Over the past decade, harmful algal blooms and zones of low oxygen have been increasing in Lake Erie. This has significant impacts on the lake’s environment and the Canadian economy. Water quality,wildlife populations and habitats are degraded, beaches are fouled, pipes are clogged, and the lake’s commercial fishery is increasingly at risk. Human health is also a significant concern, as a result of biological toxins produced by harmful algae. In Lake Erie, too much phosphorus is causing excessive algal growth and threatening ecosystem and human health. The financial, social, and ecological costs of these blooms are significant and growing, and action is urgently needed to reverse the trend.
Water Institute, University of Waterloo
Council of the Great Lakes Region
Great Lakes United
Canadian Water Network
Ontario Ministry of Environment
Great Lakes and St. Lawrence Cities Initiative
Grand River Conservation Authority
Environment and Climate Change Canada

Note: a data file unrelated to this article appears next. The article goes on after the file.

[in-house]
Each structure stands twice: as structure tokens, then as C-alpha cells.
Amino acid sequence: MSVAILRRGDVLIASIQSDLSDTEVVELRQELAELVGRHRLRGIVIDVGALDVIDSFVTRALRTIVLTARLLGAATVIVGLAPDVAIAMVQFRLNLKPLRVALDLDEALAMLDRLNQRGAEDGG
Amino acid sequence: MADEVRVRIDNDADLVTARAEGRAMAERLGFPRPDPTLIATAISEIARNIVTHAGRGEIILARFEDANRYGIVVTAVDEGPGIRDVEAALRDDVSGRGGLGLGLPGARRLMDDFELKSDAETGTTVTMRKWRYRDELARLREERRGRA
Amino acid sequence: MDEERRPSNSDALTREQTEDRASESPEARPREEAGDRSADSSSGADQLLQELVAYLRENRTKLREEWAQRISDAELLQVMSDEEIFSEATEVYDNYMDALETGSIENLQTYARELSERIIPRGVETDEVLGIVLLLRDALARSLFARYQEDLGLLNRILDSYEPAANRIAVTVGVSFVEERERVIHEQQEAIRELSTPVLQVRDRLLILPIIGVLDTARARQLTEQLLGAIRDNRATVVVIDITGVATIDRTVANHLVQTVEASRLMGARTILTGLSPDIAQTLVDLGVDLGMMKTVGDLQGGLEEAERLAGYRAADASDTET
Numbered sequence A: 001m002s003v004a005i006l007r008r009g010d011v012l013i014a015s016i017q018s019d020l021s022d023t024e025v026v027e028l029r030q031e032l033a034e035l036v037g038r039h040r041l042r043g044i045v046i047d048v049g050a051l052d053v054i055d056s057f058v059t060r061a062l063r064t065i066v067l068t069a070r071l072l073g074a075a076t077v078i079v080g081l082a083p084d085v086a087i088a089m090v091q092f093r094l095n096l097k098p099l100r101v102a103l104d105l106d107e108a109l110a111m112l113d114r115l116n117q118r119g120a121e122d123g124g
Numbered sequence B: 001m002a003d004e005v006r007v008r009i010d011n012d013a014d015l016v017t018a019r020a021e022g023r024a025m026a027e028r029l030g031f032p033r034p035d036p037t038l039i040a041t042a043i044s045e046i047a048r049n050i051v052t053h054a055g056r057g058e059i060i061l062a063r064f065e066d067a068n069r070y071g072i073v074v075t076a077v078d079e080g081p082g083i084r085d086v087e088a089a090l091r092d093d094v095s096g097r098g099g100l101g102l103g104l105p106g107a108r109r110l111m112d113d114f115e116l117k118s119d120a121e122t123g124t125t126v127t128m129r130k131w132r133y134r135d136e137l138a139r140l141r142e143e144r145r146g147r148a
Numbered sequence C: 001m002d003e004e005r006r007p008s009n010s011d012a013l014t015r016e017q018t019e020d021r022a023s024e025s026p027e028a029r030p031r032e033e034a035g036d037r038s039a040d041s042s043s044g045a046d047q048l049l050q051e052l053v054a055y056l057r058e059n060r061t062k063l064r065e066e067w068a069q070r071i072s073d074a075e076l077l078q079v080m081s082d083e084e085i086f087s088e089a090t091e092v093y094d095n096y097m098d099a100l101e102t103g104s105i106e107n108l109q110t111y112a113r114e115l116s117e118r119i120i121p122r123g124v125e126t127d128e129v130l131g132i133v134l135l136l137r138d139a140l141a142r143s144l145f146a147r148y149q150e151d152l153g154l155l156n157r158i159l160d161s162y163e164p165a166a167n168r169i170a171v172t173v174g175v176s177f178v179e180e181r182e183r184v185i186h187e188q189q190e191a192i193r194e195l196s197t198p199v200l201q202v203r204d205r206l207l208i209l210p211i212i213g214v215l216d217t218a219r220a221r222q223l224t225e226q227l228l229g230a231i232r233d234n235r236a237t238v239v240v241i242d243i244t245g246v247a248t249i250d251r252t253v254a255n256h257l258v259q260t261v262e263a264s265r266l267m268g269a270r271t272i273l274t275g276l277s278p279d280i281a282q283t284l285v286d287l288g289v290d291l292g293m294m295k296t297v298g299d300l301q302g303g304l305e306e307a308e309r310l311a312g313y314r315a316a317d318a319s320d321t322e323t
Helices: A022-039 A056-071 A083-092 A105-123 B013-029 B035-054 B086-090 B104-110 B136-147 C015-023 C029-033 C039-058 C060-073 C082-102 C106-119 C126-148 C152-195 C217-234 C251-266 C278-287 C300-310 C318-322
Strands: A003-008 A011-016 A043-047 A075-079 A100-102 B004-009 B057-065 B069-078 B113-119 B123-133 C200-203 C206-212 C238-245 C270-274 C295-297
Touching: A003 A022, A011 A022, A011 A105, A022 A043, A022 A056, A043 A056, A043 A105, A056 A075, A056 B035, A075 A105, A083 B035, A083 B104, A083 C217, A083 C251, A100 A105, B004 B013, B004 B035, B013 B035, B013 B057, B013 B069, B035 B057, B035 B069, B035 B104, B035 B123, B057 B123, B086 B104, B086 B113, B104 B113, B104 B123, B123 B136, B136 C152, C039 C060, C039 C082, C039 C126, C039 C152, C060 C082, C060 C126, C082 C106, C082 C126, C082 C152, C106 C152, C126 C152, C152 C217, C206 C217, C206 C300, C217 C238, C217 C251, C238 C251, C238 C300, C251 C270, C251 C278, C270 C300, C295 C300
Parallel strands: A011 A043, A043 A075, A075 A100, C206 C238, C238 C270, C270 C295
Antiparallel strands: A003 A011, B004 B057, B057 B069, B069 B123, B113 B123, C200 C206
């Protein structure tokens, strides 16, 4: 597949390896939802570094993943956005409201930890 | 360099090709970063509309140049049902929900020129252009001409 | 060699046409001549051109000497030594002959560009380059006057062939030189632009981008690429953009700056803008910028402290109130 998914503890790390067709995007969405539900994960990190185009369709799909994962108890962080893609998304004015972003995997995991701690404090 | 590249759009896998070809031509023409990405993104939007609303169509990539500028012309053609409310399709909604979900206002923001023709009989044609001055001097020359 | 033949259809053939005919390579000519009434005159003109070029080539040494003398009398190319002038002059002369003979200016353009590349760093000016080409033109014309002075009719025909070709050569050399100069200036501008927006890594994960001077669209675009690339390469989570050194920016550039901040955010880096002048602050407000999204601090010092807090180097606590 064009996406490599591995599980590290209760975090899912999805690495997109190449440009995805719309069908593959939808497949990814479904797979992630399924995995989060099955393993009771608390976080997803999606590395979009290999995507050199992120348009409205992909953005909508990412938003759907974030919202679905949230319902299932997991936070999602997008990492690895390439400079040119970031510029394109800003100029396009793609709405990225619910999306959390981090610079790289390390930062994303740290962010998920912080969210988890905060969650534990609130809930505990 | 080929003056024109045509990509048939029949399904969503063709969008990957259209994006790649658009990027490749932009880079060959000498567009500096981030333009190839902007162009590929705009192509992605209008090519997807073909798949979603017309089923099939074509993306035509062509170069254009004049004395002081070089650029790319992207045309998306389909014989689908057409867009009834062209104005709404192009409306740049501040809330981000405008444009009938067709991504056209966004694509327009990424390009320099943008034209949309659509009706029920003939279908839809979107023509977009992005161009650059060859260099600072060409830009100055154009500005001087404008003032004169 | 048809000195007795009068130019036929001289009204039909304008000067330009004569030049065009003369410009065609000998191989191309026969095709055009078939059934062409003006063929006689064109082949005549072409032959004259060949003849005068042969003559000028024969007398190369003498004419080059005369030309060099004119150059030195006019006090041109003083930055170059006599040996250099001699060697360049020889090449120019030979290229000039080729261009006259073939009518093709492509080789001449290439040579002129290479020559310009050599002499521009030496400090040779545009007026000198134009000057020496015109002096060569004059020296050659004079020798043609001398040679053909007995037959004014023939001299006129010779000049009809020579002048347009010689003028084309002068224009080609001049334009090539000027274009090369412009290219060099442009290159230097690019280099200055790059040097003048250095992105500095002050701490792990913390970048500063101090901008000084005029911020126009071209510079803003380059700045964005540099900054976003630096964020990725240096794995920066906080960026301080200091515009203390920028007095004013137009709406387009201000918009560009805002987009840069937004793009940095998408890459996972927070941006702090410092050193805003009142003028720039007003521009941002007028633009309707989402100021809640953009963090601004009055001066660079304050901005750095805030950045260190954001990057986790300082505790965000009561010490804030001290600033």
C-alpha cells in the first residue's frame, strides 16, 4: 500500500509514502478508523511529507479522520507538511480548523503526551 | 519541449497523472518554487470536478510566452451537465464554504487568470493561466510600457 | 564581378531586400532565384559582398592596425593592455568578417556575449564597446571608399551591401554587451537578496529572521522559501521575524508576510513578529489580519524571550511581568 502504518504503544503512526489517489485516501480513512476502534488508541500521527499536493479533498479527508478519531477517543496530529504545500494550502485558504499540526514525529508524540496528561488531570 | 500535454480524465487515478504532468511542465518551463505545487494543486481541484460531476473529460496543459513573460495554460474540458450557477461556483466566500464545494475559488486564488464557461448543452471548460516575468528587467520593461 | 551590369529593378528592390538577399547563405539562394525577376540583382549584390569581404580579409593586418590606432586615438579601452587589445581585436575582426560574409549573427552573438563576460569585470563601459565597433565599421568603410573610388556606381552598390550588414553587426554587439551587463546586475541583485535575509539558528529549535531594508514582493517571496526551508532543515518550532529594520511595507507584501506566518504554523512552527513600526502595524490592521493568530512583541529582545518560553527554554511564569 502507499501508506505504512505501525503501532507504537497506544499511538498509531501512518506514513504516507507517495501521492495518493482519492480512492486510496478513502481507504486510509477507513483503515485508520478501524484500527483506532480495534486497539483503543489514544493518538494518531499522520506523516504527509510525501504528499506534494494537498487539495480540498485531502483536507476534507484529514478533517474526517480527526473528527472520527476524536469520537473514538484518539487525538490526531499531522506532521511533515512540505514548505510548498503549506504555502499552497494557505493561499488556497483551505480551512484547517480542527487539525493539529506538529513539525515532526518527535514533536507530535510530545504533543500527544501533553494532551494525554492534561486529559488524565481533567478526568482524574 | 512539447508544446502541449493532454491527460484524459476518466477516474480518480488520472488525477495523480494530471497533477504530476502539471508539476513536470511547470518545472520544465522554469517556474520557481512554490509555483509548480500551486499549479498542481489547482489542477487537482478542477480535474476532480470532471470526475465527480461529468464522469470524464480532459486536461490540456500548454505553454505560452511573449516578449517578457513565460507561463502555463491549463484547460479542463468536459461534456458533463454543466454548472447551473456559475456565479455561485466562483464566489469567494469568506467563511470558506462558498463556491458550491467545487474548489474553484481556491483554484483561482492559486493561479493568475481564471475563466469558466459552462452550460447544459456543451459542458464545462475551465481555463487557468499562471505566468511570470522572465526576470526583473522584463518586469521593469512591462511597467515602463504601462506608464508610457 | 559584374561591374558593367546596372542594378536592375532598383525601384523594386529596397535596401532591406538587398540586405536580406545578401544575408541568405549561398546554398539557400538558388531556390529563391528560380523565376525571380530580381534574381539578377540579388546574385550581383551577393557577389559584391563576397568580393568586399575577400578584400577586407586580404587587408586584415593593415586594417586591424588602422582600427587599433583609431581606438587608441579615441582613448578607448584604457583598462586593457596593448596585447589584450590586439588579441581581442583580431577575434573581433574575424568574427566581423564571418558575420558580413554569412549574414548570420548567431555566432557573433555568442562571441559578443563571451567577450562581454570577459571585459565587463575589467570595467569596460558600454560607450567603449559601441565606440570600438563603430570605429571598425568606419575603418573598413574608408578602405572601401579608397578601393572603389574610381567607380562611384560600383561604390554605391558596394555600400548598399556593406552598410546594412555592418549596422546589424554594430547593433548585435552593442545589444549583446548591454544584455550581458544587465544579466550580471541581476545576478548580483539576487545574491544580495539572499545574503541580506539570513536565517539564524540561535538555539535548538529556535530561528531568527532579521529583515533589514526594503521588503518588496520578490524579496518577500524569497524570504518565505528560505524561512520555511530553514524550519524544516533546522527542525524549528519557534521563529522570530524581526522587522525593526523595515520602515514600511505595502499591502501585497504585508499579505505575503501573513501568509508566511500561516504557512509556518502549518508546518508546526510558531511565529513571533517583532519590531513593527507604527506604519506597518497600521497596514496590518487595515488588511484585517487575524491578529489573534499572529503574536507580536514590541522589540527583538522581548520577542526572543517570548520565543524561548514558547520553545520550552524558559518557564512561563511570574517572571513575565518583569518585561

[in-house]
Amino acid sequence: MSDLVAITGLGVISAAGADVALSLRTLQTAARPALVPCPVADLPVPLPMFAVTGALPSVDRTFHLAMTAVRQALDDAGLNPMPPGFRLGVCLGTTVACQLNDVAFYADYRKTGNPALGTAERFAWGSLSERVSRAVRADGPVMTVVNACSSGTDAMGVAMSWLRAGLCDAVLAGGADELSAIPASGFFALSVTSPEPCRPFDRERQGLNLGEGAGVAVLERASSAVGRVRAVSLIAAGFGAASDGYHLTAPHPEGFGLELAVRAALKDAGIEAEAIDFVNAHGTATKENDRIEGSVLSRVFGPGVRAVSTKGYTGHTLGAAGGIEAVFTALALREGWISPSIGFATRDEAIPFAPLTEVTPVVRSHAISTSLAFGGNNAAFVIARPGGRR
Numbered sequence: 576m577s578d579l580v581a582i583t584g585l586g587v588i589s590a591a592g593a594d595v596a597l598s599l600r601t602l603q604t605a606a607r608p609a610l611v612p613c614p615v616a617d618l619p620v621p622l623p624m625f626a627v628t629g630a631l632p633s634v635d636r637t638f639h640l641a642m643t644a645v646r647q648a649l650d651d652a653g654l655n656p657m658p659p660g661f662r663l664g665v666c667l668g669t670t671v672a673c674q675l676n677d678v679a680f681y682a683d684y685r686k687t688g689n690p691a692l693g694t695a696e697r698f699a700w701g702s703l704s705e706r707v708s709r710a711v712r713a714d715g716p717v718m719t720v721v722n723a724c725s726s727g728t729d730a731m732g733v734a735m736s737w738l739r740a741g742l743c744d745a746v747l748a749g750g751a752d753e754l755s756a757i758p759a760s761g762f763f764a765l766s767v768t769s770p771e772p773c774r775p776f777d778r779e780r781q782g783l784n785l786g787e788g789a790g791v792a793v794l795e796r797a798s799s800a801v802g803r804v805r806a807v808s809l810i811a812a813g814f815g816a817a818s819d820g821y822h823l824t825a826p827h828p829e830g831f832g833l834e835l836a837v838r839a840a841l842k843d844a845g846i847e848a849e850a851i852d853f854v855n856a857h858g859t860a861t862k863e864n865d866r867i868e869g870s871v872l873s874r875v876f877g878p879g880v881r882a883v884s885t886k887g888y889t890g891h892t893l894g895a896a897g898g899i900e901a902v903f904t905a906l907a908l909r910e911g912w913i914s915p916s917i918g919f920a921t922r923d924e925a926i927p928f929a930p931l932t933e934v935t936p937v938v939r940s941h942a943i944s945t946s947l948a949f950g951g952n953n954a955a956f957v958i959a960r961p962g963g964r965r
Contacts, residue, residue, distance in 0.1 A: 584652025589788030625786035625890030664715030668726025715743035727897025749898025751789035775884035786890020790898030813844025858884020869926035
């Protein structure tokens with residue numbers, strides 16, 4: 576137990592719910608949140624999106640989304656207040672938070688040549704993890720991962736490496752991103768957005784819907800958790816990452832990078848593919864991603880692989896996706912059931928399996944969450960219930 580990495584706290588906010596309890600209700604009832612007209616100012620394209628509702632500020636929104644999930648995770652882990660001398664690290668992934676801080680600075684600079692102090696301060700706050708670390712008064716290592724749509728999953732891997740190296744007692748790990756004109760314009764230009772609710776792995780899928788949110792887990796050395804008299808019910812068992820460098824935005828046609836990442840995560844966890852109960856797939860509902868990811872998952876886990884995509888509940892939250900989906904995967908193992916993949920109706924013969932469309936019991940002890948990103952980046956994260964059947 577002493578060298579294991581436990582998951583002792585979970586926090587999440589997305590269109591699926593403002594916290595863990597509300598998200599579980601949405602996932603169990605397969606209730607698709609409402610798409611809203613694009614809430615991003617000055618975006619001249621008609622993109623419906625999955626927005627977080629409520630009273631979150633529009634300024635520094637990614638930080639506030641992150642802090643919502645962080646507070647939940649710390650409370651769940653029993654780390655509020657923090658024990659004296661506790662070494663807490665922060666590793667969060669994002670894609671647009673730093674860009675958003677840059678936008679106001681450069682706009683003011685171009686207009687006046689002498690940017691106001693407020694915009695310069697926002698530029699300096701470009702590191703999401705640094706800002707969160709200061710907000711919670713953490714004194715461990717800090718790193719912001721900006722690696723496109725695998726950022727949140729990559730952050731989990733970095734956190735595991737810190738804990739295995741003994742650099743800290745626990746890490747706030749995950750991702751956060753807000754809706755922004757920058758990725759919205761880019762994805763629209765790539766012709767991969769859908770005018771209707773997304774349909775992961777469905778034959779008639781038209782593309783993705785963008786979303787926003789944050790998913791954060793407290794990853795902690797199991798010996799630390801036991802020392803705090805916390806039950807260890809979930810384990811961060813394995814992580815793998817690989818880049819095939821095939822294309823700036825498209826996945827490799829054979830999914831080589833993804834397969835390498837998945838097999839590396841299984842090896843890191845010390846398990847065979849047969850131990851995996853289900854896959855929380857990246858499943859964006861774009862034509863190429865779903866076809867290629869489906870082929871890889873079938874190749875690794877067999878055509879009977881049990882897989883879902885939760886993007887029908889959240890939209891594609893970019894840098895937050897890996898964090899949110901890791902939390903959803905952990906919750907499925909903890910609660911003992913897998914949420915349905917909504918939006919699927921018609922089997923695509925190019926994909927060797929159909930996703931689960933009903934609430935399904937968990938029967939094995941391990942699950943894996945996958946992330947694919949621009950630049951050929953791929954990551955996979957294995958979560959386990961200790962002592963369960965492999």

Canadian Freshwater Alliance
Canadian Environmental Law Association
University of Waterloo
Region of Waterloo
2017 AquaHacking Youth Delegation
Young people are working towards improving the world around them through implementing water-related goals of today’s decision makers. This Youth Delegation represents these youth, the next generation that is already playing a critical role in monitoring the progress, maintaining the momentum, and implementing actions. Having grown up along with technology, we seek to use these tools to help other youth understand the role they can play in bringing about a healthier, cleaner, and more united Lake Erie.
We live in a connected world, and seek to further include diverse stakeholders, vulnerable groups, and the voice of Lake Erie itself - its waters, and the life that depends upon it. In the spirit of doing things differently, we developed the idea for #LakeErieConnect - an umbrella resource connecting people to actions that can be taken locally in their own community. As the bridge between generations, we also recognize the value of going into communities directly impacted by the misuse of a natural resource, and the immeasurable value of direct experience.
Austin Bartos (Ohio, USA )- Kahentakeron Deer (Ontario, Canada) - Sherry Du (Ontario, Canada) - Natalija Fisher (Ontario, Canada) - Emily Hines (Ontario, Canada) - Andrew Holdsworth (Ontario, Canada) - Olivier Saint-Jean (Quebec, Canada) - Ashlynn Schindler (Ohio, USA ) - Emily Shildrick (Ontario, Canada) - Lauren Smith (Ontario, Canada) - Allison Turner (Illinois, USA ) - Steve Watts (Ontario, Canada)